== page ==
von Forstner, George-Günther Freiherr
The Journal of Submarine Commander Von Forstner is a graphic account of WWI submarine warfare. Forstner was the commander of German U-boat U-28. His journal, first published 1916, gives a gritty picture of daily life inside a submarine and details several torpedo attacks on Allied shipping. The 1917 translation of Forstner’s journal into English was unquestionably intended to bolster the Allied war effort. In the foreword, the translator states: “Nothing at the present day has aroused such fear as this invisible enemy, nor has anything outraged the civilized world like the tragedies caused by the German submarines.”
This audio read of Forstner’s journal was prompted by a tour of a captured WWII German U-505 submarine, which is a prime draw at Chicago’s Museum of Science and Industry. The sub’s interior is not for claustrophobics--a hunkered maze of pipes and valves, banks of engines and batteries that leave very little room for humans. Particularly arresting are the sleeping quarters--bunks cozy’d up with the 15 foot long torpedoes.
At the age of 16 Ballantyne went to Canada and was six years in the service of the Hudson's Bay Company. His rule in writing, being in every case, was to write as far as possible from personal knowledge of the scenes he described.
In this book he details the lives of the crew as they must overwinter in the frozen north including their meetings with Eskimos and bears and their struggles with disease. This is a realistic account of what life was like for the explorers of the Arctic.
Hale, John R
I propose to tell in non-technical and popular language the story of some of the most remarkable episodes in the history of sea power. I shall begin with the first sea-fight of which we have a detailed history—the Battle of Salamis (B.C. 480), the victory by which Themistocles the Athenian proved the soundness of his maxim that "he who commands the sea commands all." I shall end with the last and greatest of naval engagements, the Battle of Tsu-shima, an event that reversed the long experience of victory won by West over East, which began with Salamis more than two thousand years ago. I shall have to tell of British triumphs on the sea from Sluys to Trafalgar; but I shall take instances from the history of other countries also, for it is well that we should remember that the skill, enterprise, and courage of admirals and seamen is no exclusive possession of our own people.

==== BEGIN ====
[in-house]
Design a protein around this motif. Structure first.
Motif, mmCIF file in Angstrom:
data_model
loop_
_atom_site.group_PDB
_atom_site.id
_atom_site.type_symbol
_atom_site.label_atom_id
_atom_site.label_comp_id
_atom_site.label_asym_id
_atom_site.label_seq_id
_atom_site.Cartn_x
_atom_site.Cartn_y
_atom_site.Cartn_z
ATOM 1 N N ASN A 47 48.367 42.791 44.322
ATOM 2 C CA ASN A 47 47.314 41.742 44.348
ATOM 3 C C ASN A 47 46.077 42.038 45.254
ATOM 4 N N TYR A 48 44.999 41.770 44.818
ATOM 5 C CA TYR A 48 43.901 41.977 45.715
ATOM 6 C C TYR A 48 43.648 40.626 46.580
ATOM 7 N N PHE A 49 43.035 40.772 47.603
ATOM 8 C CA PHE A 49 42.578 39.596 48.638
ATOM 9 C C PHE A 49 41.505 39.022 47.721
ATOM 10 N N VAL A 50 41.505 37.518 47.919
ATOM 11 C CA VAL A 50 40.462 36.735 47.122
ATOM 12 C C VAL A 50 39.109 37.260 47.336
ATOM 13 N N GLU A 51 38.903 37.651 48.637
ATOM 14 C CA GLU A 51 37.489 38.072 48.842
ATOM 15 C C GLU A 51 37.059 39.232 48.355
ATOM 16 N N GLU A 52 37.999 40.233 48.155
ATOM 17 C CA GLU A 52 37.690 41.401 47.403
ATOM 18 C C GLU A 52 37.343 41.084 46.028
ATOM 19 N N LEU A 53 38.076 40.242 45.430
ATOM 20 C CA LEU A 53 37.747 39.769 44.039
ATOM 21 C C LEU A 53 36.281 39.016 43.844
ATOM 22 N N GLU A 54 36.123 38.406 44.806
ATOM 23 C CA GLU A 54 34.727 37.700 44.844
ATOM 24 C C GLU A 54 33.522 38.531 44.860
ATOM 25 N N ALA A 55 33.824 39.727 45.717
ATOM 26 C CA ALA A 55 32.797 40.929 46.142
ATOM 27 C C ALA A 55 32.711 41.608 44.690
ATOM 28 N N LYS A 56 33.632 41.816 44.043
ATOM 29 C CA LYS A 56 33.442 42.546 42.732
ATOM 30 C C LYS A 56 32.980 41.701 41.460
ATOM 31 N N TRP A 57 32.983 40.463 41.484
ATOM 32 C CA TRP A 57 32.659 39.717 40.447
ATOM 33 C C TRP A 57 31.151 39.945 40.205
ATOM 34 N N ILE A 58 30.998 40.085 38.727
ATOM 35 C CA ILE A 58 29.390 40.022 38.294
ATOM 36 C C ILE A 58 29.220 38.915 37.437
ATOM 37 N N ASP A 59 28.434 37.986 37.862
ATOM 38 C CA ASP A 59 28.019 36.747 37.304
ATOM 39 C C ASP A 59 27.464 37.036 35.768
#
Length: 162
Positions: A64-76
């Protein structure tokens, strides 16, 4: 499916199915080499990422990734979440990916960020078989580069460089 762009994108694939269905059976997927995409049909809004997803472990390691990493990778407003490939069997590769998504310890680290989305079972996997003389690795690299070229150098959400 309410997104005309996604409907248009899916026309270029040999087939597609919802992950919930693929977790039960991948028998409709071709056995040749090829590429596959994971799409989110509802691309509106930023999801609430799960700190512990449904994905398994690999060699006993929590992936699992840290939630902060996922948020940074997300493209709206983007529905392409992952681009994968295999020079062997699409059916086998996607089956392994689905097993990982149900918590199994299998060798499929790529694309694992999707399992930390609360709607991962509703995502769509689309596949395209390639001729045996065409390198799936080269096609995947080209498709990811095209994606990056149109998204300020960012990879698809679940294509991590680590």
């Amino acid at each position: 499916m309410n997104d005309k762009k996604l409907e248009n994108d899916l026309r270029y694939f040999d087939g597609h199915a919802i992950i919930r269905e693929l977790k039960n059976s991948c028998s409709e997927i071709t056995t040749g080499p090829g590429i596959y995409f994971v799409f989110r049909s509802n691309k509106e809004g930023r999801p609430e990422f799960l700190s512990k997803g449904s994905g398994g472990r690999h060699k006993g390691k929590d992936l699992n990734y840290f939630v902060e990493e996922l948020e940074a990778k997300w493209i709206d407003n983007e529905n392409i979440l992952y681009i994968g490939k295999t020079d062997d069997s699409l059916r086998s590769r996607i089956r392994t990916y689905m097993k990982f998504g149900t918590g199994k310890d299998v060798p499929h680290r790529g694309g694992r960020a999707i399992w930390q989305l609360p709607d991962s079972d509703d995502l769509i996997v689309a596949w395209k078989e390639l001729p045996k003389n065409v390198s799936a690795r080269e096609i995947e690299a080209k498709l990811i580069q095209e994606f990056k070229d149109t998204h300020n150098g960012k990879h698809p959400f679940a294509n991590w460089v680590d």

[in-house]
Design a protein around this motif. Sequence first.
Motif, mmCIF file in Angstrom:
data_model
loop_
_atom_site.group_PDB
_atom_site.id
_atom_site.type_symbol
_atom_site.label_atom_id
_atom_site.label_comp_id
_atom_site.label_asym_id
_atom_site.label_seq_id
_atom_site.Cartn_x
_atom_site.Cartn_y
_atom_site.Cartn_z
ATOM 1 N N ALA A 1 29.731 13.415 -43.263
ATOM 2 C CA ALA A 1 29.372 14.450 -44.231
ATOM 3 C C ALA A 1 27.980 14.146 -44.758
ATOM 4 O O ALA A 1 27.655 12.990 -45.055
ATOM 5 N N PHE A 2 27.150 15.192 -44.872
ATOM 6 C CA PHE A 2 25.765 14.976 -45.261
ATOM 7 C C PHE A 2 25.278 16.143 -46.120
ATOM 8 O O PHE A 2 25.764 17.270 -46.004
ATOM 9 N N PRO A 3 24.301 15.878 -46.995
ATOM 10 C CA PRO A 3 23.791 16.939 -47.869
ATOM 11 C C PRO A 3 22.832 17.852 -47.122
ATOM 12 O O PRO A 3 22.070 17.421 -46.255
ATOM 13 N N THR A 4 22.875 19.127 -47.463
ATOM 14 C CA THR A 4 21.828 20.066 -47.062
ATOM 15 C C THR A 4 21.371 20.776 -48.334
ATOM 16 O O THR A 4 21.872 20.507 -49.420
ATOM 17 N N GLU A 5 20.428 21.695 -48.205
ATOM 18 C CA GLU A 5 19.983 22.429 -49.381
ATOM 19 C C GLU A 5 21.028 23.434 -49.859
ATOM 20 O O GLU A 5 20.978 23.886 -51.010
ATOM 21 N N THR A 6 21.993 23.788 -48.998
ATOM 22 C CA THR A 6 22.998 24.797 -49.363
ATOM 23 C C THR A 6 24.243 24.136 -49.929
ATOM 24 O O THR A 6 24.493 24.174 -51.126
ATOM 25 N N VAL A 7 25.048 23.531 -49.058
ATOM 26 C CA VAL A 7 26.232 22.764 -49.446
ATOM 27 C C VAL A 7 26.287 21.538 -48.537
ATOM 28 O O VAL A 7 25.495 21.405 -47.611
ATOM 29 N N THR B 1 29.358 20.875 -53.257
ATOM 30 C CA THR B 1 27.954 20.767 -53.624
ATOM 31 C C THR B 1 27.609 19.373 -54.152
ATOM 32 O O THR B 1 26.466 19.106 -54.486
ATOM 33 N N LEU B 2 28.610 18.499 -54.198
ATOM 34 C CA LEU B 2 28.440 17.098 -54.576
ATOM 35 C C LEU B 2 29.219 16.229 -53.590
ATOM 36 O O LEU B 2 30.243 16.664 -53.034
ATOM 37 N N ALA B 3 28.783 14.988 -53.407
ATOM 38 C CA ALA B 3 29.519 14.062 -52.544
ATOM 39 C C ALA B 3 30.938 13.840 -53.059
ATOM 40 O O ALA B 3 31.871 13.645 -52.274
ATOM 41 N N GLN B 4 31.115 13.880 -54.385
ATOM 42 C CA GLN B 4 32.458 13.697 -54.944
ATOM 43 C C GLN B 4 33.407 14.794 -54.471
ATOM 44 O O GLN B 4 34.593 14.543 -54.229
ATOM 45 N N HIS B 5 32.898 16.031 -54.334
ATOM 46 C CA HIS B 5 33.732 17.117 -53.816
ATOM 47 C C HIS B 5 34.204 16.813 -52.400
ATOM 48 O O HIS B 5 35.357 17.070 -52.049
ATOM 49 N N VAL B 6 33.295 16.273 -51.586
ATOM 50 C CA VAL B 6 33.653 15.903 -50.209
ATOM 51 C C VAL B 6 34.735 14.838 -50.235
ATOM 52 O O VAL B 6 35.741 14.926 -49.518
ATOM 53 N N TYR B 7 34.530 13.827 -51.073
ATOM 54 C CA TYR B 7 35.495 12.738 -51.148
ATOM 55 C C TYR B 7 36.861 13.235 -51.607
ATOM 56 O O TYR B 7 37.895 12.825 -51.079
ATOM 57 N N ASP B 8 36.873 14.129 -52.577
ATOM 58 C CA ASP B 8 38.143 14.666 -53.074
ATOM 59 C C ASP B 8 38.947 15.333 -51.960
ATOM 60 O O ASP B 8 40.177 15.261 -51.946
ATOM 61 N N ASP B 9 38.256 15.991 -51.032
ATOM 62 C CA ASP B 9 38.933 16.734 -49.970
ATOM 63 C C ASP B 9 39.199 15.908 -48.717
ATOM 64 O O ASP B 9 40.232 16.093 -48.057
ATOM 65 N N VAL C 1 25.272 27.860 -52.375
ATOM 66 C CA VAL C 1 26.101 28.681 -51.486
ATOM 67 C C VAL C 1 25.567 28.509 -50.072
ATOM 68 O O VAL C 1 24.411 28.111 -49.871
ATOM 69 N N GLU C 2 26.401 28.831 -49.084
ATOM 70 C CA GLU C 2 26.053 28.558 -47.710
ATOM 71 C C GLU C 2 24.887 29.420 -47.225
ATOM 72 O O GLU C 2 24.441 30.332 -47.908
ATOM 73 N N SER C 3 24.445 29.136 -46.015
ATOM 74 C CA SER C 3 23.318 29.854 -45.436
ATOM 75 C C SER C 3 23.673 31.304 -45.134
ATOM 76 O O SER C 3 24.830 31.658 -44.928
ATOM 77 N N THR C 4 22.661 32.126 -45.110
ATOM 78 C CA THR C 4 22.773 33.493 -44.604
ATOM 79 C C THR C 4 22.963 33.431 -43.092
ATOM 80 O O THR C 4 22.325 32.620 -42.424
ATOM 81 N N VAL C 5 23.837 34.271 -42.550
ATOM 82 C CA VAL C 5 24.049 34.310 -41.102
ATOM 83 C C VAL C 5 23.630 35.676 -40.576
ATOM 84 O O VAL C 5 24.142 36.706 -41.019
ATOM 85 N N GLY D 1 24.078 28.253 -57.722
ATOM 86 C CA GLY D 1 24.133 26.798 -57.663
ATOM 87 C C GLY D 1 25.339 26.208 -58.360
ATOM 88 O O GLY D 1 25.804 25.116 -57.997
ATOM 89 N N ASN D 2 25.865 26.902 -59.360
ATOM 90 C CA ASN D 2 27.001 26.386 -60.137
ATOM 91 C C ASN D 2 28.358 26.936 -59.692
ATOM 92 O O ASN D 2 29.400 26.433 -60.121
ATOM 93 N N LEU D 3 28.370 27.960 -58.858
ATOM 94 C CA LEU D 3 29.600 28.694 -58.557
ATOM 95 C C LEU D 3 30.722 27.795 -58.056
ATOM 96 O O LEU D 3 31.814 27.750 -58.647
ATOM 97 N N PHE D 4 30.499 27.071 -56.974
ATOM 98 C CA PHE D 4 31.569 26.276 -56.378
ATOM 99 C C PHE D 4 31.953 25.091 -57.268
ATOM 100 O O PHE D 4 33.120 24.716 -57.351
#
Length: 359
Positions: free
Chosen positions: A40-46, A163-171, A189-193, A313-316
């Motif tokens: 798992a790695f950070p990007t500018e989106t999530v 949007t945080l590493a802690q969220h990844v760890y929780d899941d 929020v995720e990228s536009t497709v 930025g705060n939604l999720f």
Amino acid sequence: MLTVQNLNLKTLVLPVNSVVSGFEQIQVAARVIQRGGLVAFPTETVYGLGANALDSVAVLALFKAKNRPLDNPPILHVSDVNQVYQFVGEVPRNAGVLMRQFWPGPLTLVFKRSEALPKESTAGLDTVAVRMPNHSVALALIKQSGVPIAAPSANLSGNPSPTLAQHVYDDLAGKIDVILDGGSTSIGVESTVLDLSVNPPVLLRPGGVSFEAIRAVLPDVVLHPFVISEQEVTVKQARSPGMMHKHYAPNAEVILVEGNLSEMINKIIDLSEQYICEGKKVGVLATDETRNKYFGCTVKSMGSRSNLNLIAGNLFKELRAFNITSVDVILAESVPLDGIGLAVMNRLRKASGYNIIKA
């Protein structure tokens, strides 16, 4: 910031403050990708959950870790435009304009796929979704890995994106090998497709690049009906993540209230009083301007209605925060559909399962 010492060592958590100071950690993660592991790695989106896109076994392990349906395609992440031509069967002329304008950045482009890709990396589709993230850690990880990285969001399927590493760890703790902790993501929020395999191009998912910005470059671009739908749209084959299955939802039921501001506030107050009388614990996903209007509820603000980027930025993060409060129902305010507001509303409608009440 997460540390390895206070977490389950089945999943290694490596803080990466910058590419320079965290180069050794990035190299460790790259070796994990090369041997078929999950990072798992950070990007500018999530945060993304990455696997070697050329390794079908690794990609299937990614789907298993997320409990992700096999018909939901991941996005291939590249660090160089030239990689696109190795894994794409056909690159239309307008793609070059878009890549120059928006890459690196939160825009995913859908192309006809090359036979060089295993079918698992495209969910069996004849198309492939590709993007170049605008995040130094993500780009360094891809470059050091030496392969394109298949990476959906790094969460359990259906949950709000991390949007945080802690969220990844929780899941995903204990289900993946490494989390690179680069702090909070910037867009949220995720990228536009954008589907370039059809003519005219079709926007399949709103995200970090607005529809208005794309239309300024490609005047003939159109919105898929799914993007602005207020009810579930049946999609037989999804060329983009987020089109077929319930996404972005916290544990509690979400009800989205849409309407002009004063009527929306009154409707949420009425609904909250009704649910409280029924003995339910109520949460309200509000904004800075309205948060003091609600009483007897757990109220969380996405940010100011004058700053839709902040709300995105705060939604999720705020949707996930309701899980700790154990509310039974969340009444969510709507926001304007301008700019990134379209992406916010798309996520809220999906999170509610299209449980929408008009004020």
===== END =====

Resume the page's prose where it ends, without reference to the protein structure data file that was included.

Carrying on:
I shall incidentally describe the gradual evolution of the warship from the wooden, oar-driven galleys that fought in the Straits of Salamis to the steel-built, steam-propelled giants that met in battle in the Straits of Tsu-shima. I shall have something to say of old seafaring ways, and much to tell of the brave deeds done by men of many nations. These true stories of the sea will, I trust, have not only the interest that belongs to all records of courage, danger, and adventure, but also some practical lessons of their own. „ (From the Introduction of the Book)
Thirteen short stories by one of the most famous writers in his day. Robert Barr was a British Canadian short story writer and novelist, born in Glasgow, Scotland. In London of the 1890s Barr became a more prolific author - publishing a book a year - and was familiar with many of the best selling authors of his day, including Bret Harte and Stephen Crane. Most of his literary output was of the crime genre, then quite in vogue. When Arthur Conan Doyle's Sherlock Holmes stories were becoming well known, Barr published in the Idler the first Holmes parody, "The Adventures of Sherlaw Kombs" (1892), a spoof that was continued a decade later in another Barr story, "The Adventure of the Second Swag" (1904)(For these two stories, see in LibriVox Barr's The Triumphs of Eugène Valmont). Despite the jibe at the growing Holmes phenomenon Barr and Doyle remained on very good terms. Doyle describes him in his memoirs Memories and Adventures as, "a volcanic Anglo - or rather Scot American, with a violent manner, a wealth of strong adjectives, and one of the kindest natures underneath it all."